The recent tweet by Hema Malini has many of her readers shocked. She blamed the father of the child for his daughter’s death in the accident she was involved in. Seriously guys, you are shocked? Isn’t this par course? The road is the jungle and your survival depends on your deftness and luck for that day. Why blame somebody, anybody, for the accidents that happen?
After all, might is right and it is the survival of the fittest. It is a jungle raj on every road in India, and blame cannot be lightly placed on one party. It could be one who is speeding, or another, who breaks a rule and pays mercilessly for it.
We see it day in and day out, this mindlessness. A few months ago, I was driving down a fairly free road at a comfortable pace. I saw a car hurtling down the road – from a spec in my rearview mirror, it filled it in no time. It was to my left, I was slightly towards the middle of the left. I kept an eye on my mirror as I switched the left indicator on. The car continued to hurtle unaffected by my indication. The turning neared and yet the car showed no signs of slowing. I paused, startled, for now the man had covered the distance without slowing even once. Only near the turning, the car slowed for the briefest of seconds. It hadn’t stopped and if I turned, we would crash without doubt. No such considerations deterred the man behind the wheel. He crossed me from left. If he had turned left, I would still have been assuaged. But he took a right, right in front of me! If I had been hit and killed, even then it wouldn’t have made news because both of us – that driver and I – are ordinary people leading ordinary lives driving ordinary cars. Considering I escaped unscathed due to some surprising presence of mind, I can only say as the potential victim, I carried out my responsibility of being cautious. Any harm would have been my responsibility, right?
A friend, for instance, saw green (signal, dumbo, not money) and started crossing when a speeding van jumped signals. Her leg was nearly severed (nearly, not actually, severed) and she was in bed for six months. Sheer madness to think green is meant for crossing the junction. It should always be amber in your head, whatever the signal in the signal post.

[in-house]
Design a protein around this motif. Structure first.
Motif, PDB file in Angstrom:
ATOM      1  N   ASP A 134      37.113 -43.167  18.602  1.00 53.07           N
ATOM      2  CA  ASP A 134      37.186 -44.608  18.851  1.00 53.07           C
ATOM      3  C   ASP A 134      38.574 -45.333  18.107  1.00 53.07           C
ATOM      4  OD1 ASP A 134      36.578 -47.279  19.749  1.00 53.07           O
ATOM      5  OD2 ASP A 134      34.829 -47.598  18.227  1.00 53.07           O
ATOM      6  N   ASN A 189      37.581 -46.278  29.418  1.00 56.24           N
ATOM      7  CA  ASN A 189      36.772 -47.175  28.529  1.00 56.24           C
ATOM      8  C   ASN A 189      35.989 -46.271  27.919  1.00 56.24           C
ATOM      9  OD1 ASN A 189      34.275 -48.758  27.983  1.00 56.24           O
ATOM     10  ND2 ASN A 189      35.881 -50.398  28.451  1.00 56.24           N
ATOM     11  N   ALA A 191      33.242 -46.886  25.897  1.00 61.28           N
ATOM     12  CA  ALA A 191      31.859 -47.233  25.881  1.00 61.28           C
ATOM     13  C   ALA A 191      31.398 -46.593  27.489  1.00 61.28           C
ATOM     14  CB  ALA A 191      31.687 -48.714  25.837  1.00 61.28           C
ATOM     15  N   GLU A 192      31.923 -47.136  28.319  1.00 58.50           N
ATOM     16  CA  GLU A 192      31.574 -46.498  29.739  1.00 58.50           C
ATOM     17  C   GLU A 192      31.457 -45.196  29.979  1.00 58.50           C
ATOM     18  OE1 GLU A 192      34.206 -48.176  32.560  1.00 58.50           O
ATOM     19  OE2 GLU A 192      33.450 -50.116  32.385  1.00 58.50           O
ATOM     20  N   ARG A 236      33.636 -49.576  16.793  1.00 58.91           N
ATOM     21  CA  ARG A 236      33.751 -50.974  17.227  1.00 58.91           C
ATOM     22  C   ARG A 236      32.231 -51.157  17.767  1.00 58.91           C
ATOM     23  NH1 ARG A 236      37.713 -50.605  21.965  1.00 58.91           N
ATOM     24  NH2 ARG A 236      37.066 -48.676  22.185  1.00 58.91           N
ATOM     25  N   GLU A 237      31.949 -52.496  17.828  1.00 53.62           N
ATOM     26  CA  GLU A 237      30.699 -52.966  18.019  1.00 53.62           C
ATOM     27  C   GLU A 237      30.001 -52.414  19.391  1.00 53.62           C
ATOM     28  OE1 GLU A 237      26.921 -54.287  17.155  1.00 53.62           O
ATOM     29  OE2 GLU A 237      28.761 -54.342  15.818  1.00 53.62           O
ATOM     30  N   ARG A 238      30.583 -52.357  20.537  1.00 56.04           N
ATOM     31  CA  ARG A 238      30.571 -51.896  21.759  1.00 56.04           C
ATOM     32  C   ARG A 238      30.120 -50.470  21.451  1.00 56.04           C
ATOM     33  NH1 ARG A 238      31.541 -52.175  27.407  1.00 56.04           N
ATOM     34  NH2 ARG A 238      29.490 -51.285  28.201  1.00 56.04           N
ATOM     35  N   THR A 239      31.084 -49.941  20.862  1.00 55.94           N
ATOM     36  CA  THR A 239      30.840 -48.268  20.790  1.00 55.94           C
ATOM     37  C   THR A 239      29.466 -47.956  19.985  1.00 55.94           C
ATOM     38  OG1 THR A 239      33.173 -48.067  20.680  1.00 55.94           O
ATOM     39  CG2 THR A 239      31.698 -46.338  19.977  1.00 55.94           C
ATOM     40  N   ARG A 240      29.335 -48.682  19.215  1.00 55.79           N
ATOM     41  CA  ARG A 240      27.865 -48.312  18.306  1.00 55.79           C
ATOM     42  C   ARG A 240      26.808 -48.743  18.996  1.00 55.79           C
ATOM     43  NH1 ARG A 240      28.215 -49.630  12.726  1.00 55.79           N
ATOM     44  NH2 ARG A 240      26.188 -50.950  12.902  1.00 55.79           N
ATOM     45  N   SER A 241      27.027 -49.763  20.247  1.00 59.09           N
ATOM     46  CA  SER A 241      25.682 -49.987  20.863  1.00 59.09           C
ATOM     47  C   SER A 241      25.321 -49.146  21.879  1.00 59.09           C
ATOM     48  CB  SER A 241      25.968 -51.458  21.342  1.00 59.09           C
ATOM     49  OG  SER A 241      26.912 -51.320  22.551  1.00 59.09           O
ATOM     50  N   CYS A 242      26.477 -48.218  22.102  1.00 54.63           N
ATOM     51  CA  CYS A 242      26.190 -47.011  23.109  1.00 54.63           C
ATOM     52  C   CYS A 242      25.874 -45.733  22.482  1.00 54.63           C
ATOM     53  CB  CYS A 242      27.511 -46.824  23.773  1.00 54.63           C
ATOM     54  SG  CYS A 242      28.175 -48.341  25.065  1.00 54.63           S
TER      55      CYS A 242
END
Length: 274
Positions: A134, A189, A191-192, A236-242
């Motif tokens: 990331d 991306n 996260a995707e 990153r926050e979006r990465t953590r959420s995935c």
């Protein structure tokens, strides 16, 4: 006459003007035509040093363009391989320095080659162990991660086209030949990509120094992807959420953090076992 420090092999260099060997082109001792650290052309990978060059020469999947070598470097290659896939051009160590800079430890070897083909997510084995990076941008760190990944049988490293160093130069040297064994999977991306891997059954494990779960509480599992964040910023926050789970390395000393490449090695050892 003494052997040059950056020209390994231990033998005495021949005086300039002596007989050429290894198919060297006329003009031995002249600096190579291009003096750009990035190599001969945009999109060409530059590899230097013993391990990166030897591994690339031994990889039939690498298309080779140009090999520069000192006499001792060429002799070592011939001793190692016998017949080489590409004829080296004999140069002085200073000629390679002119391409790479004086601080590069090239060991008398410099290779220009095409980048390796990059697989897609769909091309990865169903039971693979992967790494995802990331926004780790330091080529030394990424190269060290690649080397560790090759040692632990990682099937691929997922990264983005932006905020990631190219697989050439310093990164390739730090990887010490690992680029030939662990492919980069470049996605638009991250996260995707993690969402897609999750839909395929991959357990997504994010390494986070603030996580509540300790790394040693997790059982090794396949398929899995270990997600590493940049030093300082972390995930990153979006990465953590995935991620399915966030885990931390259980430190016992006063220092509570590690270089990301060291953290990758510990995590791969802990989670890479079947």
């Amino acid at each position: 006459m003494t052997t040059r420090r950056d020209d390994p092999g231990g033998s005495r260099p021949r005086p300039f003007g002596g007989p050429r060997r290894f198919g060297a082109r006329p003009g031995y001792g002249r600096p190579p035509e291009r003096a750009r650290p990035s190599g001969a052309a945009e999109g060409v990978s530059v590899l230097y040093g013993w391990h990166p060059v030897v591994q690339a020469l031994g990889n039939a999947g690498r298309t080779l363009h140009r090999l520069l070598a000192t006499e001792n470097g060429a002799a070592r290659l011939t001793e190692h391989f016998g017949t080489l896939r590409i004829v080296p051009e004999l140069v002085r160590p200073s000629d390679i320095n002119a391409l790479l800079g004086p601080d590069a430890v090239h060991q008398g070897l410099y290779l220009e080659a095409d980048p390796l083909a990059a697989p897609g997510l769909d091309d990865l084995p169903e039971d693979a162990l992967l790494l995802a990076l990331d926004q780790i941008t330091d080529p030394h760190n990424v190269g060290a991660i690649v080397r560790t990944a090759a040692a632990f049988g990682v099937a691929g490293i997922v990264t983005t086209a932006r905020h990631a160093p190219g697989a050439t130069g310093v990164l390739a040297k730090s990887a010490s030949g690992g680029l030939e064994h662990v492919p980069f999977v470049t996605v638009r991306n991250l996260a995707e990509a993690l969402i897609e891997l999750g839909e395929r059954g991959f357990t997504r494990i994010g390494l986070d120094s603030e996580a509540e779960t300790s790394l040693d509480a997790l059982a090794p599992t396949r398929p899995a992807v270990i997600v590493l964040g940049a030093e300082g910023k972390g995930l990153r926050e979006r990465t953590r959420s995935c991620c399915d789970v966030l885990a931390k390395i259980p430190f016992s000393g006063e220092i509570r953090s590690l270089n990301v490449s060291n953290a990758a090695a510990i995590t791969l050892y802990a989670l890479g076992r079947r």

Take another evening last week; a sterling example of my negligent behavior.
I parked my two wheeler – a 2001 Scooty Pep, even more ordinary than my car – to the left of the road; looked to the left (traffic was not moving on the other side of the road), then right to look out for traffic – which was nil; and stepped out on the road. Now, you may say, ‘Wonderful, girl, just the way to cross!’ I stepped on the road, thinking only of what I have to purchase when something heavy banged against my leg. Two men on a bike on my side of the road, coming on the wrong side drove straight into me, the bulk of the metal hitting my left leg. They were slow, what a blessing, or else I would be in the hospital too. But I am no lean, negligible person. Even at night, couldn’t he see me on a well-lit street?
Now, tell me, who is at fault? Me, of course! I should have known that people will come from any side – right side, wrong side, upside, downside (we see it in action movies)…. It is my responsibility to keep my person safe! If I don’t, then how can I blame others if I get hurt?
Having said that, the reverse, unfortunately, is also true. If a Mercedes sees green light and takes off and a bike or an auto or a smaller car decides to ignore the red and cuts perpendicularly, can the Mercedes be blamed for the accident? If a biker chooses to suddenly jump lanes and is knocked down by a bigger vehicle coming in the correct lane, won’t the car get blamed for the accident? If a tempo suddenly shoots out of a side lane on to the main road, and an oncoming lorry crushes it, whose fault is it?
When it is a matter of life, it does not matter who takes the blame. Big or small, vehicles carry people. We seem to value life cheap – even our own. The new rule is – drive like a king and destroy anything that comes on the way; or get destroyed.
I have learnt to use the beautiful alapadma mudra even better than in dance. When in doubt while driving, just use this mudra and have the question, ‘What?’ on your face. It will confuse victims, potential or otherwise. And you can leave convinced you are not to blame.